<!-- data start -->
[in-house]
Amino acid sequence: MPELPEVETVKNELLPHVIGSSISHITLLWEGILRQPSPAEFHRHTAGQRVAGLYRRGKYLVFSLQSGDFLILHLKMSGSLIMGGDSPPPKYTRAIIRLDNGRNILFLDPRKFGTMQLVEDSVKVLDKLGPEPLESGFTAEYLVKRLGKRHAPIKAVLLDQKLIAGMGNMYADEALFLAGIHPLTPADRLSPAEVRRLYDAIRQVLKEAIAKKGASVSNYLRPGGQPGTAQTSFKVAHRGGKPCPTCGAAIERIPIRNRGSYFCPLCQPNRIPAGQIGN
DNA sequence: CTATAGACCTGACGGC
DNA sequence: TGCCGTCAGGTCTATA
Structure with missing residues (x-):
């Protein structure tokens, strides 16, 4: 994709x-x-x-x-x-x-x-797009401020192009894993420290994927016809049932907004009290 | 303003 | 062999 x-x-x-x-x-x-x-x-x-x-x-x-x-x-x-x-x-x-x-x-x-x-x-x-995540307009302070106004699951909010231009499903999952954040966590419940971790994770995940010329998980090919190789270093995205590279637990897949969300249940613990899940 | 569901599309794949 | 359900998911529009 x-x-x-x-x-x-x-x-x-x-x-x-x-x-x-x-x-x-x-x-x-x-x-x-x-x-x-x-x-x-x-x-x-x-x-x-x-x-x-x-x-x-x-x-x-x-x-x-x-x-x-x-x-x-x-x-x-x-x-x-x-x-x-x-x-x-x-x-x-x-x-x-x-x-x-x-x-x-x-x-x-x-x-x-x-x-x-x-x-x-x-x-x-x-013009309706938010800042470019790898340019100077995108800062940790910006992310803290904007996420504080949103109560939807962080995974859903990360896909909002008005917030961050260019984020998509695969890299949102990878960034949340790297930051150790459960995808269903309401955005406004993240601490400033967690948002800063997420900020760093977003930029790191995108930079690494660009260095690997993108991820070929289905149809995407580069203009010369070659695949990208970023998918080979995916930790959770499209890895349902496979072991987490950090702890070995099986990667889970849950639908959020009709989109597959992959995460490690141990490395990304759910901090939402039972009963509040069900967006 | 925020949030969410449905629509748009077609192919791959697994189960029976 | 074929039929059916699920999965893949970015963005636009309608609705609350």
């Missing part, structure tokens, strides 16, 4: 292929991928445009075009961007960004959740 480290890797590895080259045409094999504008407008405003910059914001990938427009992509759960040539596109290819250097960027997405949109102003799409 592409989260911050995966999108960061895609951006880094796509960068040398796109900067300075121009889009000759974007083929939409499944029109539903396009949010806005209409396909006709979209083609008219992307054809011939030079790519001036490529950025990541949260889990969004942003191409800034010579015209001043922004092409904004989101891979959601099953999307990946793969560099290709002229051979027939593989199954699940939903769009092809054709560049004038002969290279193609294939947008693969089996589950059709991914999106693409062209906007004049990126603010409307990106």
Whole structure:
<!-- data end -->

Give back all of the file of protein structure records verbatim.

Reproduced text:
[in-house]
Amino acid sequence: MPELPEVETVKNELLPHVIGSSISHITLLWEGILRQPSPAEFHRHTAGQRVAGLYRRGKYLVFSLQSGDFLILHLKMSGSLIMGGDSPPPKYTRAIIRLDNGRNILFLDPRKFGTMQLVEDSVKVLDKLGPEPLESGFTAEYLVKRLGKRHAPIKAVLLDQKLIAGMGNMYADEALFLAGIHPLTPADRLSPAEVRRLYDAIRQVLKEAIAKKGASVSNYLRPGGQPGTAQTSFKVAHRGGKPCPTCGAAIERIPIRNRGSYFCPLCQPNRIPAGQIGN
DNA sequence: CTATAGACCTGACGGC
DNA sequence: TGCCGTCAGGTCTATA
Structure with missing residues (x-):
């Protein structure tokens, strides 16, 4: 994709x-x-x-x-x-x-x-797009401020192009894993420290994927016809049932907004009290 | 303003 | 062999 x-x-x-x-x-x-x-x-x-x-x-x-x-x-x-x-x-x-x-x-x-x-x-x-995540307009302070106004699951909010231009499903999952954040966590419940971790994770995940010329998980090919190789270093995205590279637990897949969300249940613990899940 | 569901599309794949 | 359900998911529009 x-x-x-x-x-x-x-x-x-x-x-x-x-x-x-x-x-x-x-x-x-x-x-x-x-x-x-x-x-x-x-x-x-x-x-x-x-x-x-x-x-x-x-x-x-x-x-x-x-x-x-x-x-x-x-x-x-x-x-x-x-x-x-x-x-x-x-x-x-x-x-x-x-x-x-x-x-x-x-x-x-x-x-x-x-x-x-x-x-x-x-x-x-x-013009309706938010800042470019790898340019100077995108800062940790910006992310803290904007996420504080949103109560939807962080995974859903990360896909909002008005917030961050260019984020998509695969890299949102990878960034949340790297930051150790459960995808269903309401955005406004993240601490400033967690948002800063997420900020760093977003930029790191995108930079690494660009260095690997993108991820070929289905149809995407580069203009010369070659695949990208970023998918080979995916930790959770499209890895349902496979072991987490950090702890070995099986990667889970849950639908959020009709989109597959992959995460490690141990490395990304759910901090939402039972009963509040069900967006 | 925020949030969410449905629509748009077609192919791959697994189960029976 | 074929039929059916699920999965893949970015963005636009309608609705609350």
């Missing part, structure tokens, strides 16, 4: 292929991928445009075009961007960004959740 480290890797590895080259045409094999504008407008405003910059914001990938427009992509759960040539596109290819250097960027997405949109102003799409 592409989260911050995966999108960061895609951006880094796509960068040398796109900067300075121009889009000759974007083929939409499944029109539903396009949010806005209409396909006709979209083609008219992307054809011939030079790519001036490529950025990541949260889990969004942003191409800034010579015209001043922004092409904004989101891979959601099953999307990946793969560099290709002229051979027939593989199954699940939903769009092809054709560049004038002969290279193609294939947008693969089996589950059709991914999106693409062209906007004049990126603010409307990106």
Whole structure: